The Town (2010)

R | 124 mins | Drama | 17 September 2010

THIS TITLE IS OUTSIDE THE AFI CATALOG OF FEATURE FILMS (1893-1993)
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HISTORY

The Town opens with the written statement: “One blue-collar neighborhood has produced more bank robbers and armored car thieves than anywhere in the world. Charlestown.” It is followed by the written quotations: “Bank robbery became like a trade in Charlestown, passed down father to son,” by a Federal Agent, and: “I’m proud to be from Charlestown. It ruined my life, literally, but I’m proud,” by a Charlestown Man. All of the credits for cast and crew appear at the end of the picture. In between the principal credits and the end scroll, another title card reads: “Charlestown’s reputation as a breeding ground for armed robbers is authentic. However, this film all but ignores the great majority of the residents of Charlestown, past and present, who are the same good and true people found most anywhere. This film is dedicated to them.”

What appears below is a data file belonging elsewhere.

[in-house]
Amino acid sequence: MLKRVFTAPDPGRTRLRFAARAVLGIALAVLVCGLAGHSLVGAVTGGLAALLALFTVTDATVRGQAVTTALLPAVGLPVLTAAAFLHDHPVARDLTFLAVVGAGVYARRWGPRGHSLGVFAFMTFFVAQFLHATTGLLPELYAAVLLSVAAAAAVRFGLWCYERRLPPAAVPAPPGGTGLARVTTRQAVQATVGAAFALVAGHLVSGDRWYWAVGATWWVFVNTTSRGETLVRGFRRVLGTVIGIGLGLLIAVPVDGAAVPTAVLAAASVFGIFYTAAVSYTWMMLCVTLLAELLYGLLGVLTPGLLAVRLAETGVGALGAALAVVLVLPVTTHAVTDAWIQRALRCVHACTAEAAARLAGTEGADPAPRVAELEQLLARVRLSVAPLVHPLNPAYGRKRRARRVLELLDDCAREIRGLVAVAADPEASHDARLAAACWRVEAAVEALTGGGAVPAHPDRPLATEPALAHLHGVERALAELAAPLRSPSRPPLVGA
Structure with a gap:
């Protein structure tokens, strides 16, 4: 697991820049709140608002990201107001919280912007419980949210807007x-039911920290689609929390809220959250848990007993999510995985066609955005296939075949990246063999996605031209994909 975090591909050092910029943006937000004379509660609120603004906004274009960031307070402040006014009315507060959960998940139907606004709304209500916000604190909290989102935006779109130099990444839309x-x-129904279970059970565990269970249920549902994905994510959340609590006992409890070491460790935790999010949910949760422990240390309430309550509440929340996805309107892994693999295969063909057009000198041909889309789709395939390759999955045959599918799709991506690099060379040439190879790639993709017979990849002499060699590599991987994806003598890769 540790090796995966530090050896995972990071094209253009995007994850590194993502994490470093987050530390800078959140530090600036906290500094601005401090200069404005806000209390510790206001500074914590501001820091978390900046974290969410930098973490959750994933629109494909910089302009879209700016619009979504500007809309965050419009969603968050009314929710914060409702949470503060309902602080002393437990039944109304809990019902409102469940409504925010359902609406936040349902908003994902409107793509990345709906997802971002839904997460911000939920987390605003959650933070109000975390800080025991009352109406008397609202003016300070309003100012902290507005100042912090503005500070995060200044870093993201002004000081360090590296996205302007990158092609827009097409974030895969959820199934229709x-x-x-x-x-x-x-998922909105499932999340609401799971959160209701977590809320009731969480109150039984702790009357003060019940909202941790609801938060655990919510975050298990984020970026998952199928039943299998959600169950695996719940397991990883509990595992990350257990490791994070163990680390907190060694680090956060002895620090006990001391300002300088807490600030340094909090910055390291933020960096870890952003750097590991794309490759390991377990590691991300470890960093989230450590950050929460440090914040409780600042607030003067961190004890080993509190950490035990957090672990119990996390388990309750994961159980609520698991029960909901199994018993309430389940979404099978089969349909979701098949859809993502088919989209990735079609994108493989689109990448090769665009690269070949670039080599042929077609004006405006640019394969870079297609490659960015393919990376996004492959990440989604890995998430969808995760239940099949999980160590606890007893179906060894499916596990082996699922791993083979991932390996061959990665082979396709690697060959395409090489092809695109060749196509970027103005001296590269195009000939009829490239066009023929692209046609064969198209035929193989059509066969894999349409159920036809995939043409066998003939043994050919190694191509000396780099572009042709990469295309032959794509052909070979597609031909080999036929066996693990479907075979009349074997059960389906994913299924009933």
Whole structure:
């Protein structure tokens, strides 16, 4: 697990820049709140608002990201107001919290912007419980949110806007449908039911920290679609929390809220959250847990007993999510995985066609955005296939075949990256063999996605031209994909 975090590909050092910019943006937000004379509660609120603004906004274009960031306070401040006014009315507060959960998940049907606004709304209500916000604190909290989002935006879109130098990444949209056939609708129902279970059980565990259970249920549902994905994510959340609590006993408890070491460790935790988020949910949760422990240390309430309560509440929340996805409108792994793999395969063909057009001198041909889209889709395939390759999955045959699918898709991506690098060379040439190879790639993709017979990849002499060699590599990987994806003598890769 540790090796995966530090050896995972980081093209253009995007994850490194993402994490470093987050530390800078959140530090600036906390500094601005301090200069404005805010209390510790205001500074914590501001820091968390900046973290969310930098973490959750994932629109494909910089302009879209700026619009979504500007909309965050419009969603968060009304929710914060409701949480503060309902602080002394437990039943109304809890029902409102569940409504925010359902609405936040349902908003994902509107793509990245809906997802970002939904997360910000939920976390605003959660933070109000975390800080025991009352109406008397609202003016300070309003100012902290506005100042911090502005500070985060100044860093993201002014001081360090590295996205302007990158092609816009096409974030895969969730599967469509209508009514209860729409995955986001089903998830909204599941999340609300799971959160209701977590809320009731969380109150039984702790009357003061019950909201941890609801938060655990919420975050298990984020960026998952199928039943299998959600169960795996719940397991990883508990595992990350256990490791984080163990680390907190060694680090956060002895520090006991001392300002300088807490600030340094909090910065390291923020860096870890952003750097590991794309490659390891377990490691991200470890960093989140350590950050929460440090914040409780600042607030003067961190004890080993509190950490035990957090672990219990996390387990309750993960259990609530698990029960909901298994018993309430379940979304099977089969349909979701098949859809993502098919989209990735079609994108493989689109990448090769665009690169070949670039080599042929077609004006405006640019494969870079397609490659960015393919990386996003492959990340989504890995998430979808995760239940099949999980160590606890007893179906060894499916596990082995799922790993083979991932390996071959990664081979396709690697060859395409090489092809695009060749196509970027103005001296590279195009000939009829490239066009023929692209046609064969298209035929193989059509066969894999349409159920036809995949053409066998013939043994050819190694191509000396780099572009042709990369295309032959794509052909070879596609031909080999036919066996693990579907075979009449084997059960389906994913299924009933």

An 8 Aug 2006 HR news item reports the novel Prince of Thieves by Chuck Hogan was optioned by Graham King’s Initial Entertainment Group and was, at the time of the news item, in pre-production for Warner Bros. with writer Sheldon Turner ( The Longest Yard , 2005, see entry) and director Adrian Lyne ( Fatal Attraction , 1987, see entry), who brought the novel to King’s attention. On 16 Sep 2008, HR and DV news items announce negotiations for Ben Affleck to re-write, direct and star in the production.        According to a 24 Nov 2010 HR article, Affleck inherited a script written by Lyne, Peter Craig and Chuck Hogan that had been deemed fifty pages too ... More Less

The Town opens with the written statement: “One blue-collar neighborhood has produced more bank robbers and armored car thieves than anywhere in the world. Charlestown.” It is followed by the written quotations: “Bank robbery became like a trade in Charlestown, passed down father to son,” by a Federal Agent, and: “I’m proud to be from Charlestown. It ruined my life, literally, but I’m proud,” by a Charlestown Man. All of the credits for cast and crew appear at the end of the picture. In between the principal credits and the end scroll, another title card reads: “Charlestown’s reputation as a breeding ground for armed robbers is authentic. However, this film all but ignores the great majority of the residents of Charlestown, past and present, who are the same good and true people found most anywhere. This film is dedicated to them.”